Athletic Training Careers
If you love sports and are looking for a hands-on health care career, this growing field may be for you. The American Medical Association (AMA) recognizes the profession and recommends athletic trainers in every high school.
What do Athletic Trainers do?
As part of a complete health care team, athletic trainers evaluate, diagnose, advise and treat patients to help them prevent and recover from injuries and illnesses. They provide immediate emergency management and follow-up care for injuries. Athletic trainers relish the challenge of working with patients to achieve their individual goals by using active, functional interventions.
Where do Athletic Trainers work?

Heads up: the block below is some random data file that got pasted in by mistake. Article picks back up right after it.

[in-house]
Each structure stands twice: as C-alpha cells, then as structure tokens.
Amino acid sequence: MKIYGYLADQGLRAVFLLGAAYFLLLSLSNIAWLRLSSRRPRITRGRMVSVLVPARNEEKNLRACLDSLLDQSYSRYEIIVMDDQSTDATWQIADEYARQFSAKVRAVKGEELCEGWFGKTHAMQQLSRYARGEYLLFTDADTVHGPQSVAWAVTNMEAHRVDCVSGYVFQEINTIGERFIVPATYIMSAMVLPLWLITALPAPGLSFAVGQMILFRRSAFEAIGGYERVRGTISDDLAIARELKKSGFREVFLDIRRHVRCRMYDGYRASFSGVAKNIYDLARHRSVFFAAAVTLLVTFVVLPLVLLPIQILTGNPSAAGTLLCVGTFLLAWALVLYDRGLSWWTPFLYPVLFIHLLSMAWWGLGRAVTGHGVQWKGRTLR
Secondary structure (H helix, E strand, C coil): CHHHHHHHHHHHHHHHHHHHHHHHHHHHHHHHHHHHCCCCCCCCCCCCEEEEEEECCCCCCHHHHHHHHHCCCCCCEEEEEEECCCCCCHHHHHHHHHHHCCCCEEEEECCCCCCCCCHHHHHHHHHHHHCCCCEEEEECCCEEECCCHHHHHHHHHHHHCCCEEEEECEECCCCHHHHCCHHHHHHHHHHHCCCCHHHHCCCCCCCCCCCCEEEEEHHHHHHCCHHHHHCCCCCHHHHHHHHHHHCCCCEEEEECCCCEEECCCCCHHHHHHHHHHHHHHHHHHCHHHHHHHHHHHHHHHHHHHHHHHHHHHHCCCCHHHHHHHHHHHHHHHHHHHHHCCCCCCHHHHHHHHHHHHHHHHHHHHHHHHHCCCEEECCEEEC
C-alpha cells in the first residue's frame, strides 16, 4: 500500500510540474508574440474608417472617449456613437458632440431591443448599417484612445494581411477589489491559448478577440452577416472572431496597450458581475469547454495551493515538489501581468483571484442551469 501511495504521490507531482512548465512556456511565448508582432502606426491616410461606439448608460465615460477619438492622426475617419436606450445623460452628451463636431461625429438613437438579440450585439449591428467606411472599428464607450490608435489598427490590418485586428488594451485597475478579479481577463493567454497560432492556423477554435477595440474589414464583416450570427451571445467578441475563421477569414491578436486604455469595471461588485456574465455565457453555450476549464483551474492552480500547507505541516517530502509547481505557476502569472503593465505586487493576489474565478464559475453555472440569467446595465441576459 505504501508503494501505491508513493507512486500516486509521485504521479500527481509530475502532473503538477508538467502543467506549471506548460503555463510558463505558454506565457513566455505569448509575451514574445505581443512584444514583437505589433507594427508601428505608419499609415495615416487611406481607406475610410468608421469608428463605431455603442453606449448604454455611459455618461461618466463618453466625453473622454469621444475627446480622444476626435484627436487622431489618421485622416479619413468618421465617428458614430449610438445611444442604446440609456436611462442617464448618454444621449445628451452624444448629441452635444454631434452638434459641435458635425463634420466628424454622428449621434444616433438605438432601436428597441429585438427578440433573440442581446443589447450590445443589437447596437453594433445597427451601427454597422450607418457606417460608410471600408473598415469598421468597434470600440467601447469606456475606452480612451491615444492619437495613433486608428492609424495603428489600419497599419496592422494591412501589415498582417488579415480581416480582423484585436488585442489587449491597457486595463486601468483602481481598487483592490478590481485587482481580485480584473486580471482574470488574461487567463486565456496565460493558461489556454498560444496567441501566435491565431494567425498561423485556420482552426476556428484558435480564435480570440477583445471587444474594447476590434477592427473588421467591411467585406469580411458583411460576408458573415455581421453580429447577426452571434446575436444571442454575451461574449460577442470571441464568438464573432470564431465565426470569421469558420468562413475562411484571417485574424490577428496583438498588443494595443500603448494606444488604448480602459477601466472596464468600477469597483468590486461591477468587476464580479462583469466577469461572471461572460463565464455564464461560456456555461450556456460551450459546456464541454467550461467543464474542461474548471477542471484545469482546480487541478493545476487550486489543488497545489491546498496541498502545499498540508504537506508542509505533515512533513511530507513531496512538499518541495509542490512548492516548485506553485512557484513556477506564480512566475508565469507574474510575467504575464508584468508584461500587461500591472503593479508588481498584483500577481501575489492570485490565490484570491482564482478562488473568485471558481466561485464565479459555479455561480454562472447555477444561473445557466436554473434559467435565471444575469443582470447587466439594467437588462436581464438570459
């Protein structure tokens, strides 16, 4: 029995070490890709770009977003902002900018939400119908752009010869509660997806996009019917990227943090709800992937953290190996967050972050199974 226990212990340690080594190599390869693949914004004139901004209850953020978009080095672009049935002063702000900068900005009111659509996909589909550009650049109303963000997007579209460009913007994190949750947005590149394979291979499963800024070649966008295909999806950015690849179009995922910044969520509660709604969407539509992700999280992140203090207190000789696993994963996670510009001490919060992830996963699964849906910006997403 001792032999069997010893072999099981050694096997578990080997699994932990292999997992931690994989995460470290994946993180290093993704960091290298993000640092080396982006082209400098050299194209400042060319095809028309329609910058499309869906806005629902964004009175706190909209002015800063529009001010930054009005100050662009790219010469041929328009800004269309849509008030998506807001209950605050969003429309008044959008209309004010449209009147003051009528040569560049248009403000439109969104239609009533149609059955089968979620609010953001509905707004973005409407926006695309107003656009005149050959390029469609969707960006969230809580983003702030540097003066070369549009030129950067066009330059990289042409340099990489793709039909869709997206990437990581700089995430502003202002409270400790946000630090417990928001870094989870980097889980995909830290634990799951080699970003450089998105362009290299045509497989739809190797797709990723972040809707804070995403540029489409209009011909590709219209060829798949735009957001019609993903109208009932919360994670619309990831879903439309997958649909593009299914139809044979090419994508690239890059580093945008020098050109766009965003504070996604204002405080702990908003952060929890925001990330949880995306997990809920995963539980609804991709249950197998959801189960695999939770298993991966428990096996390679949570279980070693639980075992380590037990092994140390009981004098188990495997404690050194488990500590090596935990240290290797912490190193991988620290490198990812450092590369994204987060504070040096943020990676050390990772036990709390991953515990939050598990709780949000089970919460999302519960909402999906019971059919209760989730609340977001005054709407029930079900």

- high schools, colleges and universities
- professional sports
- sports medicine clinics
- physician offices and hospitals
- military bases
- clinical and industrial health care programs
- athletic training education programs
- performing arts companies
What will I like (or dislike) about this work?
- daily interaction with highly motivated patients
- pressure situations when dealing with on-field examinations and return-to-play decisions
- working closely with other members of the health care team
- hands-on work
- a range of simple-to-complex patient problems
How is the job outlook?
According to the U.S. Bureau of Labor Statistics Occupational Outlook Handbook (2014-2015): “Employment of athletic trainers and exercise physiologists is projected to grow 19 percent from 2012 to 2022, faster than the average for all occupations. As people become more aware of sports-related injuries at a young age, demand for athletic trainers is expected to increase, most significantly in colleges, universities, and youth leagues.”
What are the educational requirements?
- bachelor degree (minimum)
- doctorate degree (if desired)
- completion of a CAATE-accredited program
- passing the Board of Certification exam